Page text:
From this objection, it is made clear that the relationship between Karleen and Jill had already ended before Jill started a relationship with her fiancé. It is also made clear that Jill had accepted and was comfortable with her bisexuality while dating Karleen. There was no hidden agenda or seriously hurt feelings, which is obvious based on the fact that Karleen and Jill are now best friends. 

Because of Jill’s remark, Karleen’s statements came across more like an attack rather than a reason to be understood. Hence why I feel like one of Karleen’s other past relationships may have played a more vital role in understanding who she is as a person. Instead, viewers are left in the same position they were in Episode 2. They are left wondering what could have happened to Karleen that was traumatic enough to cause her to shut herself off. I’d be interested to see a more in-depth look at Karleen’s past and experiences because even though I have an obvious soft spot for Alex, it is apparent that the connection between Karleen and Pearl is much deeper and emotionally complex than the connection between Pearl and Alex.

Pearl makes another vlog, and while I love the vlogs she creates because they are quirky, fun, full of personality, and personal, I feel like this show should find a creative way to transition into the vlog cuts back on some of the intro. After three episodes of the vlog’s introduction, I found myself skipping over it to get to the actual vlog itself. 

Pearl reads a letter from a fan who is going through the same predicament she is during the vlog. This scene is a beautiful moment simply because although Pearl herself is confused, she is truly great at giving thoughtful advice. 

In response to the email, she says, “When you devote your time, energy, and feelings to the one who can’t seem to reciprocate them, you get to know yourself better. You get to know how selfless you can be, without expecting anything in return. When you give the one who likes you a chance, you get to see yourself in a new light.” 

It is humbling and enlightening to fall in love with someone who doesn’t love you back. It is also humbling and eye-opening to be the person who is loved when you don’t return the feelings. Pearl is currently in both places: the object of someone’s affection and another’s rejection. I feel like we’ve all been in these two places at some point in our lives, and I like that this show manages to express what it feels like to be both loved and rejected in a single episode.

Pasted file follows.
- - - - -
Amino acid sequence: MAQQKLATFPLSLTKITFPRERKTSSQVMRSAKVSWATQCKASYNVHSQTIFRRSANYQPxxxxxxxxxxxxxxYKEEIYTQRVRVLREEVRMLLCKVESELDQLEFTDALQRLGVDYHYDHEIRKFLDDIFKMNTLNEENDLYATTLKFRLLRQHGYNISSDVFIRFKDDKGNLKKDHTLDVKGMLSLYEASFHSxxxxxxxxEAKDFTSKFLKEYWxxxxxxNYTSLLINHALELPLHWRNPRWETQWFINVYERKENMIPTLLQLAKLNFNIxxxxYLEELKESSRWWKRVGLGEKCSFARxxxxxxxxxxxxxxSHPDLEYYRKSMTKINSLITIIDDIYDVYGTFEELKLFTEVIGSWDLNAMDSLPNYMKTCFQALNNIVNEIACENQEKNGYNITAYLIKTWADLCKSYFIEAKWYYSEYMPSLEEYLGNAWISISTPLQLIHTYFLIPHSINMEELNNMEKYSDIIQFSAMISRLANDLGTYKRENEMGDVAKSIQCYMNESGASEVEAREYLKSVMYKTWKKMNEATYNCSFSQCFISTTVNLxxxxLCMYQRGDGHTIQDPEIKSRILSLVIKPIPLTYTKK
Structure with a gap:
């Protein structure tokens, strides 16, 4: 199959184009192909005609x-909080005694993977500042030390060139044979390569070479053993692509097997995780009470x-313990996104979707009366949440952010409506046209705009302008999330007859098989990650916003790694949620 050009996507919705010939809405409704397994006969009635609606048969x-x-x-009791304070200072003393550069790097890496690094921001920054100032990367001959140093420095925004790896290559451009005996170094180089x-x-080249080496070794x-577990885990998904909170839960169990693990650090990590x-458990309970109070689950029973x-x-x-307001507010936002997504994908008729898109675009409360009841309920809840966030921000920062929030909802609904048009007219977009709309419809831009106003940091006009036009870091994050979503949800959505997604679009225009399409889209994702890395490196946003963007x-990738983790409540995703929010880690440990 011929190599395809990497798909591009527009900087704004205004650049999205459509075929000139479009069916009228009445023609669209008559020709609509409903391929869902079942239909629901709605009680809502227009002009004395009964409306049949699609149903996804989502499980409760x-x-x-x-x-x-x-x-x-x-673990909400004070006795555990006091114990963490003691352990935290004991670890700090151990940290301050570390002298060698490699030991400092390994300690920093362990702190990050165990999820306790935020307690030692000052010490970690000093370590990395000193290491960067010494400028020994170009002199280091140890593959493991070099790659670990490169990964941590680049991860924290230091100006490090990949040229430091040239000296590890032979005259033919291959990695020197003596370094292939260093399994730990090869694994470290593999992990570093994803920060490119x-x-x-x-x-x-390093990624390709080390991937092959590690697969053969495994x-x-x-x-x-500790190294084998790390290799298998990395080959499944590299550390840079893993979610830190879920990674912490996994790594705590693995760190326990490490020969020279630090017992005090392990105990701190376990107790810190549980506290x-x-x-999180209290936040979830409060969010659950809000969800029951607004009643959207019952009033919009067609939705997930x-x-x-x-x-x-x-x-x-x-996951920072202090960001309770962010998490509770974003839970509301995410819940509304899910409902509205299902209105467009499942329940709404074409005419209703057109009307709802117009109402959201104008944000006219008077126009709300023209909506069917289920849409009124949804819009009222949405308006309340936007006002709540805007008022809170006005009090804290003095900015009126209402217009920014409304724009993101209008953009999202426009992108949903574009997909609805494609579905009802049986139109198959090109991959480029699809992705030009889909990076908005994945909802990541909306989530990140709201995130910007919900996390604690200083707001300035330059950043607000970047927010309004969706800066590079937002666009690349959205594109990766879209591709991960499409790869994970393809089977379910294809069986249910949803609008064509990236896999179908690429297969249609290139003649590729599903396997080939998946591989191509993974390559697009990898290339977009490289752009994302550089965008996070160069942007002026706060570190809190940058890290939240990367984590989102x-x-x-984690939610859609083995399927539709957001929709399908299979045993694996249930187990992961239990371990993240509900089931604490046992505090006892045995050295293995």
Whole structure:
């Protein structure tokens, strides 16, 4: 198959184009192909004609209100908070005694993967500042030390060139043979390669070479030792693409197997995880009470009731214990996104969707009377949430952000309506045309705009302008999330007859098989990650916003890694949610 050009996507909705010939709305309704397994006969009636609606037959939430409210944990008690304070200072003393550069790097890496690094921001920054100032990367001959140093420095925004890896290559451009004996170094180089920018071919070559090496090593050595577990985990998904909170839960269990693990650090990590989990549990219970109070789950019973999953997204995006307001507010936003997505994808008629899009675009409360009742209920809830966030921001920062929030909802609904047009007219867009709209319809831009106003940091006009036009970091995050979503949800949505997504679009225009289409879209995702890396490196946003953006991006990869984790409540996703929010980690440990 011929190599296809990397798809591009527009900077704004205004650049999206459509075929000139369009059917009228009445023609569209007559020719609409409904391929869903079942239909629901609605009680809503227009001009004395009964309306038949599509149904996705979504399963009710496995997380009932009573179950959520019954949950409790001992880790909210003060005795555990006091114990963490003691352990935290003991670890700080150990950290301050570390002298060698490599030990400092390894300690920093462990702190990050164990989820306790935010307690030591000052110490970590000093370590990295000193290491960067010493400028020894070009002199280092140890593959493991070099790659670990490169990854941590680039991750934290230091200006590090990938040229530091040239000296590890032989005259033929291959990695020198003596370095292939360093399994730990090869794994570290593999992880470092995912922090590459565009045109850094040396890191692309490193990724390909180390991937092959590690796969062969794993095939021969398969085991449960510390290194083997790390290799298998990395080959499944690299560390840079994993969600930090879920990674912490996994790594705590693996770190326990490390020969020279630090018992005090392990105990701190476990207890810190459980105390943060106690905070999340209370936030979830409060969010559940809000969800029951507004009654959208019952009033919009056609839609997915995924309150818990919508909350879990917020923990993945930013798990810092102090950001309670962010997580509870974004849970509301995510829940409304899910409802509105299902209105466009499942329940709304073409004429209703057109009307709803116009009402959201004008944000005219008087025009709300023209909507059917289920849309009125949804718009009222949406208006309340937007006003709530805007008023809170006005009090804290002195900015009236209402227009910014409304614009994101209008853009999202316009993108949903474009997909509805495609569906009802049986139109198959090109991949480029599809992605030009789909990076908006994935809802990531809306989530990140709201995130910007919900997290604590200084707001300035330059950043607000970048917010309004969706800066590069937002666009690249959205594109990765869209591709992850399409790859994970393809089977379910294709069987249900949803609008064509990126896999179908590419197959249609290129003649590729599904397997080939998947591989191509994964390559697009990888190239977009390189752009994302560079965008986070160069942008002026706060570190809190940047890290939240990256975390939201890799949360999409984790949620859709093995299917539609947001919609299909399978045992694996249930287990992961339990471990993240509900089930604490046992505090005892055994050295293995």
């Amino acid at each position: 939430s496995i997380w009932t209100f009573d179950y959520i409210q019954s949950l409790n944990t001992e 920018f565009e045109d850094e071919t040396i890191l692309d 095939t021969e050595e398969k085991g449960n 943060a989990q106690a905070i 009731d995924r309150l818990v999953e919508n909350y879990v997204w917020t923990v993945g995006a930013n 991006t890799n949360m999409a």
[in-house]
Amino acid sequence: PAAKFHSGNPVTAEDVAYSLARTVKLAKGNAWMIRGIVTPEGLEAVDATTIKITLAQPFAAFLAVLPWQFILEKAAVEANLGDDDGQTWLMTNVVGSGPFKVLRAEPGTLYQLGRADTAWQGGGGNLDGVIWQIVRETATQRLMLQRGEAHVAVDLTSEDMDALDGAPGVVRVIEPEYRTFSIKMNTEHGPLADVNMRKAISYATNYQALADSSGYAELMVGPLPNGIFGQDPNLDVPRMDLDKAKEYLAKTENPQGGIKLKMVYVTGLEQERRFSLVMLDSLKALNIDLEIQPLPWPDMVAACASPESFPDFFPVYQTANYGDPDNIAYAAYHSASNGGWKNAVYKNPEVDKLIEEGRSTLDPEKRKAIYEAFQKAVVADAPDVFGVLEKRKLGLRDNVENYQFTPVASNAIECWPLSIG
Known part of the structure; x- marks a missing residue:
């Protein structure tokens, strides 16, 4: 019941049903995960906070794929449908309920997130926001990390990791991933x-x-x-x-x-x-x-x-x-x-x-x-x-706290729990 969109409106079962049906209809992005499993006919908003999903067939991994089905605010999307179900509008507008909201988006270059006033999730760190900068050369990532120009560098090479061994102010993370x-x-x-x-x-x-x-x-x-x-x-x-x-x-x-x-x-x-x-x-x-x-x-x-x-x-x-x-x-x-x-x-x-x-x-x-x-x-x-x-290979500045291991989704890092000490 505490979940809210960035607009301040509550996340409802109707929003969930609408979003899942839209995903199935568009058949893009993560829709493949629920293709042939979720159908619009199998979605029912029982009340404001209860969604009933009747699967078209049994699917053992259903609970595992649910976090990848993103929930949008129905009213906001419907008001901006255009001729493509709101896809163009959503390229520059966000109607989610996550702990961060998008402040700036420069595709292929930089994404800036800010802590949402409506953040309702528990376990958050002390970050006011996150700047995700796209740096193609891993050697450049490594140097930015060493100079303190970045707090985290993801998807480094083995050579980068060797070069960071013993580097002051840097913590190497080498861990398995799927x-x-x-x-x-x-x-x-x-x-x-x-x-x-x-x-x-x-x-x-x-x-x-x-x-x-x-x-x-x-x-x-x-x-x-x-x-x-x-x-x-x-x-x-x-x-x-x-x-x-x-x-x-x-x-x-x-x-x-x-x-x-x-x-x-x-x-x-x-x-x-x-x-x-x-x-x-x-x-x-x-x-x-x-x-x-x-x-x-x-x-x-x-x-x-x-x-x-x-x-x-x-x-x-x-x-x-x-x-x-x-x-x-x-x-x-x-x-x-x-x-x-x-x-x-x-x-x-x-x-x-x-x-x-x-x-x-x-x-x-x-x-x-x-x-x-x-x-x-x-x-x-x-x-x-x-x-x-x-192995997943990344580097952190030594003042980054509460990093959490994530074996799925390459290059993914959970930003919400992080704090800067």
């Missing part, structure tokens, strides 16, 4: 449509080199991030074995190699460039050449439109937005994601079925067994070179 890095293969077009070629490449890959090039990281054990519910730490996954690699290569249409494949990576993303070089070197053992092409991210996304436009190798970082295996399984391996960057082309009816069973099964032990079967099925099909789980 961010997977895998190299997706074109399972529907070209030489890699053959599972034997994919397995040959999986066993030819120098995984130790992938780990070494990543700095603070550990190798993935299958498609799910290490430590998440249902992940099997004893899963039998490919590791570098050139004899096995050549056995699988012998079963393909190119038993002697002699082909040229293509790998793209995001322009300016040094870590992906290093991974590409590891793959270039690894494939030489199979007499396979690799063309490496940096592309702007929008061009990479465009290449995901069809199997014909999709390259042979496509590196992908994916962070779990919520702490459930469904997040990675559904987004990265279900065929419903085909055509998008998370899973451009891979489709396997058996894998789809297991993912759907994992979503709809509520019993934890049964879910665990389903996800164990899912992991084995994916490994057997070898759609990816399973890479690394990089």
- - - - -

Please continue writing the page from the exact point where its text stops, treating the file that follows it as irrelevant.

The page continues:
Pearl’s conflict grows even more complex. She decides to give Alex a chance, and we get a montage of fun, virtual moments between them. However, when Alex suddenly mentions the possibility of one of these instances being a first date, Pearl freezes up. The feelings she has for Karleen are still present, still strong, and still, make her conflicted. This moment is the first time we can see a small crack in Alex’s confidence. Noting Pearl’s discomfort, Alex asks if Pearl could give her a chance. To some, I feel like this moment may have come across as pushy, but I didn’t find this to be the case. Because the show explores Alex and Pearl’s recent relationship in a quick montage, we know there has been a time jump. I think this is a time management decision by production, but it takes away from the depth that Alex and Pearl’s relationship should have at this point. Therefore, for me, it felt more like Alex was asking Pearl to re-evaluate her feelings after their recent moments together rather than a push to be Pearl’s ultimate choice.  

Pearl is comfortable with Alex, but her exchange with Alex doesn’t have the same “suffering” feel Pearl’s exchanges with Karleen do. From Alex’s singing confession to how she watches Pearl sleep, it is apparent how Alex feels. On the other hand, Pearl maintains a distance that can be felt, a distance Pearl didn’t maintain when having late-night conversations with Karleen. 

The episode ends with Karleen calling while Pearl is still chatting with Alex. Pearl immediately takes the call, which is proof her feelings for Karleen still run deep. 

“Please tell me I’m not too late?” Karleen says. 

Although this is not an outright confession, there is a definite, tentative need to explore feelings that have been ignored. 

My feelings about Pearl Next Door remain the same. For a short spin-off series, I feel like it is navigating itself well. I feel like some of what this show is trying to convey needs more focus and time, but all in all, I like that it opens an avenue for discussion while also having all the fun moments a viewer expects from Pearl. 

I hope the final two episodes shed a more personal light on Karleen and her past.

Rating: 4 out of 5 stars. [See our Review Guide]


Author Dɾαɱα_Lʅαɱα

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Join the discussion 2 Comments

  • Foreigner says:

    Amazing analysis of the episode. I look forward to your future posts about this series because they are enlightening.

  • Daring to Dream says:

    Oh I didn’t know there were only 5 eps- no wonder Alex/Pearl dates were in “montage” format.
    I enjoyed Jill being able to pop some of Karleen’s rationalizations/judgements.
    I’m in the “Alex is charging in waaaaay to strong” and is just too good to be true. I’ve been the recipient of some Alex type romancing- and generally- they appear out of nowhere, romance hard till they get you and then disappear. I call them the “love the infatuation stage” people. Is this Alex? I liked that Pearl questioned her about her lack of contact while Alex was in LA. Seriously- if this is a huge part of your life- why ignore it? And what is causing the full-court press now?
    I really liked the virtual screams Pearl and Fonzy did- and that they both expressed regret for plot to use Alex. I did think- as much as I loved seeing Kakoy/Elijah- that this show emphasizes the virutal epidemic world and that their call should have been virtual. Why put actors into physical contact for such a short scene?
    I appreciate your even-handedness on this review- since you are a bisexual woman who has a man as a partner- it would be easy to be angry at the Karleen character.